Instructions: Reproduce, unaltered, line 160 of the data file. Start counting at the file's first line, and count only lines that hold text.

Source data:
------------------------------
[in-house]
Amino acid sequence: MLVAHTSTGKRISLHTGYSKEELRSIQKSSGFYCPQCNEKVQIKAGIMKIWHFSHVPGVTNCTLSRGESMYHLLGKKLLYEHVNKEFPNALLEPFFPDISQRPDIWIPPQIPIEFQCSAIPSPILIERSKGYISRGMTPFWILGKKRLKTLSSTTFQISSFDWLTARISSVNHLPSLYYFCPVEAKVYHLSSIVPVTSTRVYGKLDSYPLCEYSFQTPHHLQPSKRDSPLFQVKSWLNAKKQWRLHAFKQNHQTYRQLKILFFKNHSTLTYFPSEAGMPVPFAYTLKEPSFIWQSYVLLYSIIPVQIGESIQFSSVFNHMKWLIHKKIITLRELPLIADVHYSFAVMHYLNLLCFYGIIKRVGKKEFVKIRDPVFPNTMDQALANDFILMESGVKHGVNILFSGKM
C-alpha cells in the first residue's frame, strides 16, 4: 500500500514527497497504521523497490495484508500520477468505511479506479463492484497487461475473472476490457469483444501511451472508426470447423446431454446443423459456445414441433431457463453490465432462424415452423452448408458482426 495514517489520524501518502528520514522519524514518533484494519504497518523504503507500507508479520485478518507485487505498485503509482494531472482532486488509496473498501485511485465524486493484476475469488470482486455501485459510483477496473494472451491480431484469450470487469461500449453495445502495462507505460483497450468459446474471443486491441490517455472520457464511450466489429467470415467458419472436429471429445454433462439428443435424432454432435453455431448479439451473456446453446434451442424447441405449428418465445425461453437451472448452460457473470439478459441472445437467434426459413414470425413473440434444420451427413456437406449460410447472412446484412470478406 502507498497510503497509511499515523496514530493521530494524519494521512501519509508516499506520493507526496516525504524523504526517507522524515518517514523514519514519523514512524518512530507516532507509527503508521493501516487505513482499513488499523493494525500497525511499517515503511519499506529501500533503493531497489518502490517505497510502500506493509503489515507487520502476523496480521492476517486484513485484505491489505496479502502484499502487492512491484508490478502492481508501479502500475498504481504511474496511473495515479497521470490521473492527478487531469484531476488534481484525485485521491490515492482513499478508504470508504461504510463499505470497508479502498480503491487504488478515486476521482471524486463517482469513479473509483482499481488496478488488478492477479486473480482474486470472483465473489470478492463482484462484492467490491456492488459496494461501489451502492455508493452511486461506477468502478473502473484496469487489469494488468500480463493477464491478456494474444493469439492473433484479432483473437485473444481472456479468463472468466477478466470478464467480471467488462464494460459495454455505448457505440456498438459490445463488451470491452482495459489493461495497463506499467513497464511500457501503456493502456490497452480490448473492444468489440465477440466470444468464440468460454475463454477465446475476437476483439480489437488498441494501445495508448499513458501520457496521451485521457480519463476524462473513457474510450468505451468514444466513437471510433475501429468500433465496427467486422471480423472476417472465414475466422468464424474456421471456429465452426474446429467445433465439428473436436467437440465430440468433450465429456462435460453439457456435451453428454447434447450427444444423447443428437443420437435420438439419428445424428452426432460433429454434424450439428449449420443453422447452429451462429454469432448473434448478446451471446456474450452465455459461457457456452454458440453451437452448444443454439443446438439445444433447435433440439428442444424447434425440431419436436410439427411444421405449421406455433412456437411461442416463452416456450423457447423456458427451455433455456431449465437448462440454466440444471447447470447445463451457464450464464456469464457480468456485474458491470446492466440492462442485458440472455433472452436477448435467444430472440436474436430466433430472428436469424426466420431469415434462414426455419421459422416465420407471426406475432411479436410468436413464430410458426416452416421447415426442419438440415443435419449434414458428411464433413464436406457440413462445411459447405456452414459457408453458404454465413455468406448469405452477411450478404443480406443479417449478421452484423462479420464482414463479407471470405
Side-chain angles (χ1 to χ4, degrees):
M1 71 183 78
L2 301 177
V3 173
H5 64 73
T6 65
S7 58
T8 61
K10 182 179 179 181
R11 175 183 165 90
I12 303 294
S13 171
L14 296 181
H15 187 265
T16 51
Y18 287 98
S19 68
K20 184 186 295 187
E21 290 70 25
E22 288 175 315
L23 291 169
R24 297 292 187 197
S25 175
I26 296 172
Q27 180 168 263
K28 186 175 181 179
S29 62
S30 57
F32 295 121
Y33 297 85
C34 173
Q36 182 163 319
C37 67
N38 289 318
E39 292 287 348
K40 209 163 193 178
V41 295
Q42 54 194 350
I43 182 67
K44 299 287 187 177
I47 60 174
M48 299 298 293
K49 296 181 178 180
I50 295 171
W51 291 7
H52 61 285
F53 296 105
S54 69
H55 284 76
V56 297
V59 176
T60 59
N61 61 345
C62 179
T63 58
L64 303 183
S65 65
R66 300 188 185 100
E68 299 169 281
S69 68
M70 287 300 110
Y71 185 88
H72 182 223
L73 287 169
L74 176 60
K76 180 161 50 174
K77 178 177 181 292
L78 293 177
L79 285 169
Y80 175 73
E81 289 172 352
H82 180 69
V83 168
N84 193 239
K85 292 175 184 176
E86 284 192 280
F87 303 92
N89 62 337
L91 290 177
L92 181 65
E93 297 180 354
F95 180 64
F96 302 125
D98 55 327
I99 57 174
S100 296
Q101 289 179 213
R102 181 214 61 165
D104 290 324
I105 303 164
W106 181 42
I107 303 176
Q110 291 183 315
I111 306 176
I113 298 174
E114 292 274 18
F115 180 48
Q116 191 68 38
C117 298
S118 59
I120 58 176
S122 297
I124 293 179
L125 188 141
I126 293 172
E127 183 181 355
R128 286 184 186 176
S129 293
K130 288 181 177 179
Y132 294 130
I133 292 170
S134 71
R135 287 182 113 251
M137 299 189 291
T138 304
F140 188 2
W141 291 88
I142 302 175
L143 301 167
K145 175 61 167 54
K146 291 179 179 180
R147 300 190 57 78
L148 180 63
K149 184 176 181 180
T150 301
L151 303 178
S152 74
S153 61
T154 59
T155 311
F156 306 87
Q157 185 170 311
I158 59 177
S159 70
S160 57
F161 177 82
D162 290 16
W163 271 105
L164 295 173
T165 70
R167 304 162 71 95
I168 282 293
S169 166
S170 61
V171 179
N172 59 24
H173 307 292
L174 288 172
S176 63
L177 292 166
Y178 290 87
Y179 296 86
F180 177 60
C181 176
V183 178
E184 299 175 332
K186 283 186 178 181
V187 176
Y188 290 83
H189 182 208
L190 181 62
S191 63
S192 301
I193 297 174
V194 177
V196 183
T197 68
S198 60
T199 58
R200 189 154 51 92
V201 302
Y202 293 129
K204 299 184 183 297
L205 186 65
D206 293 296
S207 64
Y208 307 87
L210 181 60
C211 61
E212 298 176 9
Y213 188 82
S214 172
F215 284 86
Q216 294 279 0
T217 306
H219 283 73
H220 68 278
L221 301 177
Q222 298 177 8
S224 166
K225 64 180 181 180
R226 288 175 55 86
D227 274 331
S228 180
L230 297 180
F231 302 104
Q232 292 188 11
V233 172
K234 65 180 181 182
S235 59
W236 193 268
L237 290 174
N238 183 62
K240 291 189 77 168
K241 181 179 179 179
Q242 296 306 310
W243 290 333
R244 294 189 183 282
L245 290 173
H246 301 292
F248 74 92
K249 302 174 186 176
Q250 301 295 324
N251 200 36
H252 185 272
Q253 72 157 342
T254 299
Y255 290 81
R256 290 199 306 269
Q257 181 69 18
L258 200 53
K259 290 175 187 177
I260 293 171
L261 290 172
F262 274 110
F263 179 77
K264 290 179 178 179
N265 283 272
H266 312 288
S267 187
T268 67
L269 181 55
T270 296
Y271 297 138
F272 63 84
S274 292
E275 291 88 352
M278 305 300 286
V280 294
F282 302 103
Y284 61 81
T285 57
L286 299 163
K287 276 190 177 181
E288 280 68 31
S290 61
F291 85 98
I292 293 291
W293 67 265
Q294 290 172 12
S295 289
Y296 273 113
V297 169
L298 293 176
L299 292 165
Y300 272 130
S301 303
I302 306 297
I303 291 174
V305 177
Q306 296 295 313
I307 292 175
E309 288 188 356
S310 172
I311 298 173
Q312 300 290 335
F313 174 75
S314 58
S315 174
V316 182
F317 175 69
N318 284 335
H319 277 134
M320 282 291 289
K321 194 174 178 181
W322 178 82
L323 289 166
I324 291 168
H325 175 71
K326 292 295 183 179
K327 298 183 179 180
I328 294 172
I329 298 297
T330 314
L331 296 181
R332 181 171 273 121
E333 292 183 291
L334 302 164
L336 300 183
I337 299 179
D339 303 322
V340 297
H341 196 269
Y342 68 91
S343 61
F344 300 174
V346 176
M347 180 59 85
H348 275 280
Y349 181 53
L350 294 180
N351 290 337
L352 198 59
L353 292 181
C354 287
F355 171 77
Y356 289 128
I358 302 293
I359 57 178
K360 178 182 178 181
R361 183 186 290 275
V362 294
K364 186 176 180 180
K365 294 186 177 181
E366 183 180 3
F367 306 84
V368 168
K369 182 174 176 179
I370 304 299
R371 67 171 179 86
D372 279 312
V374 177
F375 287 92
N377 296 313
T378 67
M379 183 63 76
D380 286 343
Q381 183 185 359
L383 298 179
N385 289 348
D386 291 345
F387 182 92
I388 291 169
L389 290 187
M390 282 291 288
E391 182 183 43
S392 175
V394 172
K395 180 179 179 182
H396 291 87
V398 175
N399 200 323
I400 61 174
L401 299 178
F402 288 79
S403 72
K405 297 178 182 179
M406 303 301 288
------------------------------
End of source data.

K186 283 186 178 181